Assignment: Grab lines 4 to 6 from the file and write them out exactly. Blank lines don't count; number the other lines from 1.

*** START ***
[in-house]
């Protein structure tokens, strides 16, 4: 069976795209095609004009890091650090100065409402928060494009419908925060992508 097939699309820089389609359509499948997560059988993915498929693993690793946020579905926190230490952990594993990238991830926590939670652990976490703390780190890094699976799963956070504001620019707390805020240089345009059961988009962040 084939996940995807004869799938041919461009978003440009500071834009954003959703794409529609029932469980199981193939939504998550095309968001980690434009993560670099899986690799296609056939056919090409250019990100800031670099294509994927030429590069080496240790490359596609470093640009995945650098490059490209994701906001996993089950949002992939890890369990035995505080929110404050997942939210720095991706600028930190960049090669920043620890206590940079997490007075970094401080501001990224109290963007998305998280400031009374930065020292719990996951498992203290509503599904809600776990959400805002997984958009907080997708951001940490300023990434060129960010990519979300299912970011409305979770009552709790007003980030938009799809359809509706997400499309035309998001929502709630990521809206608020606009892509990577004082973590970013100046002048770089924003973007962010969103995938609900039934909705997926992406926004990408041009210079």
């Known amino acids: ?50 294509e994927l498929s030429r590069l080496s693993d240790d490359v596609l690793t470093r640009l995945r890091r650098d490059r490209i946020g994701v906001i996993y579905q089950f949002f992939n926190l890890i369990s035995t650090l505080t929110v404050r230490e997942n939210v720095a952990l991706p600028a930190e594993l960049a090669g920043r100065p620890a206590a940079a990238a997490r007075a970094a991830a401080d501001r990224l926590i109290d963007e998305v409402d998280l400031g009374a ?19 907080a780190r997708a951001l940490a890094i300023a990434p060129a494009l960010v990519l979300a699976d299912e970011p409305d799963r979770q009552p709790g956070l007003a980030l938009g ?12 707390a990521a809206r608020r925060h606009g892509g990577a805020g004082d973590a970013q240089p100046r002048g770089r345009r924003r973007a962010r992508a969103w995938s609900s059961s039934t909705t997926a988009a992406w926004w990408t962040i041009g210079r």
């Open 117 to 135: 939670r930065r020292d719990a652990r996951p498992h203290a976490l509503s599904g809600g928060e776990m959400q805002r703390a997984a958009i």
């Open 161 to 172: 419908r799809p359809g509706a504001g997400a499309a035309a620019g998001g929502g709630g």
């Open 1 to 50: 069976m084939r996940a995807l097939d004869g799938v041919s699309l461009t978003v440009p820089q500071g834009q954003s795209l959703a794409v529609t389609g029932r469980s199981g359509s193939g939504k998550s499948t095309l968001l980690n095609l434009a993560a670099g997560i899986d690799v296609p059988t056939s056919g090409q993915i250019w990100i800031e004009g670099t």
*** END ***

């Open 117 to 135: 939670r930065r020292d719990a652990r996951p498992h203290a976490l509503s599904g809600g928060e776990m959400q805002r703390a997984a958009i």
């Open 161 to 172: 419908r799809p359809g509706a504001g997400a499309a035309a620019g998001g929502g709630g």
């Open 1 to 50: 069976m084939r996940a995807l097939d004869g799938v041919s699309l461009t978003v440009p820089q500071g834009q954003s795209l959703a794409v529609t389609g029932r469980s199981g359509s193939g939504k998550s499948t095309l968001l980690n095609l434009a993560a670099g997560i899986d690799v296609p059988t056939s056919g090409q993915i250019w990100i800031e004009g670099t």